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'Quis confident despite obstacles

Rocky Widner/Getty Images

Celtics swingman Marquis Daniels.WALTHAM, Mass. -- Marquis Daniels is once again flying under the radar, even though he didn't plan it that way.

You know how it goes: Out of sight, out of mind. Daniels hasn't impacted a Celtics box score in over a week, thanks to virtually every road block that can stand in a player's way. He suffered through a head-scratching 0-for-7 shooting performance in last Wednesday's 89-70 victory over the New Jersey Nets, in which he missed six shots less than 9 feet from the rim. He then came down with an undisclosed illness that kept him out of practice Monday and Tuesday before a random flurry of painful migraines, coupled with the debut of Mickael Pietrus, kept him glued to the bench for the entirety of Boston's 90-85 loss to the Dallas Mavericks on Wednesday.

He hopes the physical ailments are behind him now, but Daniels still needs to shake off the rust. His main comfort is the fact that, during that victory over the Nets, all of Daniels' misses came on shots that he likes to take, and typically makes, including a number of very makeable layups.

As a result, he still boasts the same confidence level he did before the sudden rash of adversity.

"I definitely never lose my confidence," Daniels said following the Celtics' practice at the Celtics Training Center at HealthPoint on Thursday. "Those are things that happen in the game. You're going to miss shots. You've just got to be ready to take the next one and be willing to try to make it count. I'm just looking forward to my next time, my next shot, and just making everything count, just keep playing hard."

"I don't care if I go 0-for1,000, I'll still keep my confidence. I've always got to be looking forward to the next shot and be ready for whenever my time comes."

There's reason to believe Daniels will turn his game around, mainly because throughout his career he's never shot so poorly from so many different spots on the floor. According to HoopData, Daniels is shooting drastically low percentages from every measurable range -- compared to recent seasons -- including at the rim, where he's converted a mere 43.8 percent of his looks. Over the previous five seasons, Daniels never shot lower than 60 percent at the rim. Given his history of making such shots, if given the opportunities, there's reason to believe Daniels will once again up his percentages.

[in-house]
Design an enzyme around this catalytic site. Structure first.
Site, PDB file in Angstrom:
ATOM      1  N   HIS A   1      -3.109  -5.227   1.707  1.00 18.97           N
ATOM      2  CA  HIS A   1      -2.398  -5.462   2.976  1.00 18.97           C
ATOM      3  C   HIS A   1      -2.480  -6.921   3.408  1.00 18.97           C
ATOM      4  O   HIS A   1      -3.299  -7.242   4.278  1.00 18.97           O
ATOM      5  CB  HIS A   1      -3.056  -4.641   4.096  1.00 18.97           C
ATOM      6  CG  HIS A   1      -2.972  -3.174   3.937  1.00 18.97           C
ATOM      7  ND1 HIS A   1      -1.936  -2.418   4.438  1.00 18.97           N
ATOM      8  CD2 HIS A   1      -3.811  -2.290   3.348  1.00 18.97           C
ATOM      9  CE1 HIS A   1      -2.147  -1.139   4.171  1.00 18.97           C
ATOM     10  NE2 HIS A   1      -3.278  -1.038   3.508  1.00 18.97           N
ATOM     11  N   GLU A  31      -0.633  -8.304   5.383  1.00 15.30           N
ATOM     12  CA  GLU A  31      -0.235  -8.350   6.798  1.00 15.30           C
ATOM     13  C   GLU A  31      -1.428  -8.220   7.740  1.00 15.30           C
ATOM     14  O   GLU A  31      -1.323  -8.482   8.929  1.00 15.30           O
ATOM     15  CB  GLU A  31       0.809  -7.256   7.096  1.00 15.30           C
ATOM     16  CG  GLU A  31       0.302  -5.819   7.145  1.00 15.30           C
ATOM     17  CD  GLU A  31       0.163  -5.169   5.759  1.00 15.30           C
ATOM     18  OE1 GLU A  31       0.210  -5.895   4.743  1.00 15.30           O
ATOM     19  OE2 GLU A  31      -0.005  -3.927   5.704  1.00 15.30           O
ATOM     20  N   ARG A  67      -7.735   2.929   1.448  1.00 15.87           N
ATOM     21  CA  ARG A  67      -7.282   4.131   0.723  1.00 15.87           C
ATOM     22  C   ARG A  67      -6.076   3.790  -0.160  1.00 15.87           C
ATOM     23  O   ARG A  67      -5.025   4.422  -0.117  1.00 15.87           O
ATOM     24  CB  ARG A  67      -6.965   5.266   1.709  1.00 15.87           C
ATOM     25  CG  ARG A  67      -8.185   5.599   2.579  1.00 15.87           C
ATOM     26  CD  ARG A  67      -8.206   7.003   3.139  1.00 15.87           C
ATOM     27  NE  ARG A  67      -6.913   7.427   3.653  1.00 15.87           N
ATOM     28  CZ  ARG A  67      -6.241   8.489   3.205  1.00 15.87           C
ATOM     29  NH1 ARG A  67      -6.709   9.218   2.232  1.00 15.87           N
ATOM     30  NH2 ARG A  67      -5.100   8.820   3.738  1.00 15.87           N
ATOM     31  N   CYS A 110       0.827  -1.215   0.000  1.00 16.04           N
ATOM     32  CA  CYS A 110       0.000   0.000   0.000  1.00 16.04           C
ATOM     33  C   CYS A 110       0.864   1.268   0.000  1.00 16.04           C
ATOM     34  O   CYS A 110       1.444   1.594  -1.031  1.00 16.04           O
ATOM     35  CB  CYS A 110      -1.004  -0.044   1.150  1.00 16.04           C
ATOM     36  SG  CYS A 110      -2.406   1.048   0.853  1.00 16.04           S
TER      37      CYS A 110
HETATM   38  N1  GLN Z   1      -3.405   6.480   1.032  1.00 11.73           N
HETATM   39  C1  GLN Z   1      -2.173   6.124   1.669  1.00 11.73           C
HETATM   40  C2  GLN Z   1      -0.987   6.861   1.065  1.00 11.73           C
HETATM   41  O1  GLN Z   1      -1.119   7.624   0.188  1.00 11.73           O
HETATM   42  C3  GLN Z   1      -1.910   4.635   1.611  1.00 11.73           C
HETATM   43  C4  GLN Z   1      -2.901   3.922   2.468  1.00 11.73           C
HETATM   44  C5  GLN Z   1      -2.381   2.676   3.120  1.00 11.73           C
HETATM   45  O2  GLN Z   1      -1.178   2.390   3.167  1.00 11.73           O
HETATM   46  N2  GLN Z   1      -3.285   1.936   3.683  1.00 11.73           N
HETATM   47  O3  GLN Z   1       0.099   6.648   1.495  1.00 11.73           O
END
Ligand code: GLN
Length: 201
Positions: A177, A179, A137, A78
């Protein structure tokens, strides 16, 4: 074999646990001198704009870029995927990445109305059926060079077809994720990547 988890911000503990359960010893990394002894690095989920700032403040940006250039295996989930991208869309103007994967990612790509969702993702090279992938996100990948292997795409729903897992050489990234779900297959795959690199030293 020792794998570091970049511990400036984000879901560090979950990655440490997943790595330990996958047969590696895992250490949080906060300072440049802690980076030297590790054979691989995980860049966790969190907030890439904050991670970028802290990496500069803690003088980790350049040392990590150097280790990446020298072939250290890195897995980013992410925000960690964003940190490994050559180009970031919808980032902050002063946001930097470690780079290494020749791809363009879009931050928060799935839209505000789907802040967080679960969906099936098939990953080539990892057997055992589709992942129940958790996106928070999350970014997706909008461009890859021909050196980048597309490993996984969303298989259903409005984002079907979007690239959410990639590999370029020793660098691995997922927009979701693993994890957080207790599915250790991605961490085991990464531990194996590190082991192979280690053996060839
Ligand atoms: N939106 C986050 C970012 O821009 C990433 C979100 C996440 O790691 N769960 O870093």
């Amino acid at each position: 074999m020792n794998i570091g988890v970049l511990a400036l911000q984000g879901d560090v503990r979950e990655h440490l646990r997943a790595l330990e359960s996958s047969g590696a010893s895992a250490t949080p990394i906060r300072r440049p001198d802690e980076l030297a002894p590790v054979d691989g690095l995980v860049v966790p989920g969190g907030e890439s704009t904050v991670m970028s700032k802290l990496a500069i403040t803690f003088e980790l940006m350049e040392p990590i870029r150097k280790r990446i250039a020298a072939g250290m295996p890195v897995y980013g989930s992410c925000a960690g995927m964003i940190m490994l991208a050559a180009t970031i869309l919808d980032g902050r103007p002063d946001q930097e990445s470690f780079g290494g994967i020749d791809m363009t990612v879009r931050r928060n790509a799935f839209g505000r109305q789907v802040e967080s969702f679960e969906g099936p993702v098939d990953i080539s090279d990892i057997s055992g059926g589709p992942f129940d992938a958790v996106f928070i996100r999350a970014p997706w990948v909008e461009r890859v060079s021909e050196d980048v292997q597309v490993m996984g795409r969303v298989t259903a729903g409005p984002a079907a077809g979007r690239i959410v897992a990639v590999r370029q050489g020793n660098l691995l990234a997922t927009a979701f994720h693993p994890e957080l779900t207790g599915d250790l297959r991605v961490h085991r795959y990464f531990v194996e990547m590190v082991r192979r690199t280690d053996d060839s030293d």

The addition of Pietrus could take away from Daniels' playing time, though, depending on which look C's coach Doc Rivers is envisioning for his evolving second unit. Right now, he has a clear intention.

"Either they’ll play together, or Pietrus will play," said Rivers. "Because Pietrus is playing, I can tell you that. Then Marquis will fit it wherever we play him."

The idea of Pietrus and Daniels playing together in the same lineup is an intriguing one, due to the versatility of both players, and the size they would bring to the wing positions. Daniels, for one, is enticed by the prospect.

"Mickael, he's a good scorer, he can shoot the ball real well," Daniels said. "He plays hard, he's a hard-nosed defender, also. I think it can cause some matchup problems. Usually you have a smaller guard in there, so one of us can get a post-up opportunity, and he's a great player, so I think it can be good."

Daniels could help open things up for Pietrus offensively, and vice versa. Daniels has always possessed a reliable talent for making plays, whether they've come on his glossy drives to the rim, or his frequent and timely cuts to the basket. His ability to get to the basket and draw in help defenders, coupled with his passing ability, could open up looks for Pietrus and other teammates.

"I can get in the lane, if I can draw some more people, draw [Pietrus'] man to me, whoever's man, get them some open shots, that's always a good thing," said Daniels.

The arrangement would result in a bigger second unit than what's been on display thus far, which isn't necessarily a bad thing, and there's the extra element of both Daniels and Pietrus being serviceable defenders against opposing perimeter players. Rivers might be inclined to experiment, particularly if the second unit's offense doesn't mature at a quick enough pace.

"Our second group is playing good, whether it's me, or it's Avery [Bradley], or it's Mickael, or Keyon [Dooling], whoever it is," said Daniels. "They're doing a good job. We've just got to pick up more on our offensive schemes. As long as we keep playing hard defensively, I think we'll get it together."

"[The second unit's offense is] coming along slowly, but it's getting there."